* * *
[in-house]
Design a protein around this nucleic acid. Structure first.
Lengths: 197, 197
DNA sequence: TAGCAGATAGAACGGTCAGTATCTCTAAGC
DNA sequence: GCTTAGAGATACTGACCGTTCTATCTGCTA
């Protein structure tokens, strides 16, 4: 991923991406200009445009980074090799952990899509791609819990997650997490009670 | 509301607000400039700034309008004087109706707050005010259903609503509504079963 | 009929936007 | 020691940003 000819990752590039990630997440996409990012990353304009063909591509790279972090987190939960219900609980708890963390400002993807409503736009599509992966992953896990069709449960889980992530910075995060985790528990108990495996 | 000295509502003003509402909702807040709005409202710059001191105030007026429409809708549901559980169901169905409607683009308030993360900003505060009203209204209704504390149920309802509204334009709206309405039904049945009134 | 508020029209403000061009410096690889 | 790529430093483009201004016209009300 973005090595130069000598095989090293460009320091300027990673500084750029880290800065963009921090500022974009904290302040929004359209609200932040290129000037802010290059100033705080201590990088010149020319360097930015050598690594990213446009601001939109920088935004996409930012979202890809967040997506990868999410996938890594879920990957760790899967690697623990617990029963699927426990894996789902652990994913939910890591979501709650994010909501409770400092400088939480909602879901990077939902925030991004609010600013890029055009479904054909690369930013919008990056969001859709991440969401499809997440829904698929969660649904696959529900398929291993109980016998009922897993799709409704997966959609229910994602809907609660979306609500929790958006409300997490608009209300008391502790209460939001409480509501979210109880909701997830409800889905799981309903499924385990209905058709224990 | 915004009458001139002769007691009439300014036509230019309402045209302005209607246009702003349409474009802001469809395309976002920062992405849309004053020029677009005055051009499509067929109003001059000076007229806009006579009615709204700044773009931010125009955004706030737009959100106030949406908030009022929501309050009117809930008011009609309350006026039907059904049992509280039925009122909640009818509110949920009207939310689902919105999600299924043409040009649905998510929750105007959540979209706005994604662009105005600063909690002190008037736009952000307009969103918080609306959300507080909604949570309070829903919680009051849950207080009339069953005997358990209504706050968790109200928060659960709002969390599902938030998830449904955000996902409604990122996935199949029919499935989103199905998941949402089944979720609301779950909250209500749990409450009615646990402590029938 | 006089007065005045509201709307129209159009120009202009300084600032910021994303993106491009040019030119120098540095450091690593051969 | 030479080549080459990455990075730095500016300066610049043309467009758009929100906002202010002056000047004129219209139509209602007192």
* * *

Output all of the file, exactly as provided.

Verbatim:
[in-house]
Design a protein around this nucleic acid. Structure first.
Lengths: 197, 197
DNA sequence: TAGCAGATAGAACGGTCAGTATCTCTAAGC
DNA sequence: GCTTAGAGATACTGACCGTTCTATCTGCTA
């Protein structure tokens, strides 16, 4: 991923991406200009445009980074090799952990899509791609819990997650997490009670 | 509301607000400039700034309008004087109706707050005010259903609503509504079963 | 009929936007 | 020691940003 000819990752590039990630997440996409990012990353304009063909591509790279972090987190939960219900609980708890963390400002993807409503736009599509992966992953896990069709449960889980992530910075995060985790528990108990495996 | 000295509502003003509402909702807040709005409202710059001191105030007026429409809708549901559980169901169905409607683009308030993360900003505060009203209204209704504390149920309802509204334009709206309405039904049945009134 | 508020029209403000061009410096690889 | 790529430093483009201004016209009300 973005090595130069000598095989090293460009320091300027990673500084750029880290800065963009921090500022974009904290302040929004359209609200932040290129000037802010290059100033705080201590990088010149020319360097930015050598690594990213446009601001939109920088935004996409930012979202890809967040997506990868999410996938890594879920990957760790899967690697623990617990029963699927426990894996789902652990994913939910890591979501709650994010909501409770400092400088939480909602879901990077939902925030991004609010600013890029055009479904054909690369930013919008990056969001859709991440969401499809997440829904698929969660649904696959529900398929291993109980016998009922897993799709409704997966959609229910994602809907609660979306609500929790958006409300997490608009209300008391502790209460939001409480509501979210109880909701997830409800889905799981309903499924385990209905058709224990 | 915004009458001139002769007691009439300014036509230019309402045209302005209607246009702003349409474009802001469809395309976002920062992405849309004053020029677009005055051009499509067929109003001059000076007229806009006579009615709204700044773009931010125009955004706030737009959100106030949406908030009022929501309050009117809930008011009609309350006026039907059904049992509280039925009122909640009818509110949920009207939310689902919105999600299924043409040009649905998510929750105007959540979209706005994604662009105005600063909690002190008037736009952000307009969103918080609306959300507080909604949570309070829903919680009051849950207080009339069953005997358990209504706050968790109200928060659960709002969390599902938030998830449904955000996902409604990122996935199949029919499935989103199905998941949402089944979720609301779950909250209500749990409450009615646990402590029938 | 006089007065005045509201709307129209159009120009202009300084600032910021994303993106491009040019030119120098540095450091690593051969 | 030479080549080459990455990075730095500016300066610049043309467009758009929100906002202010002056000047004129219209139509209602007192």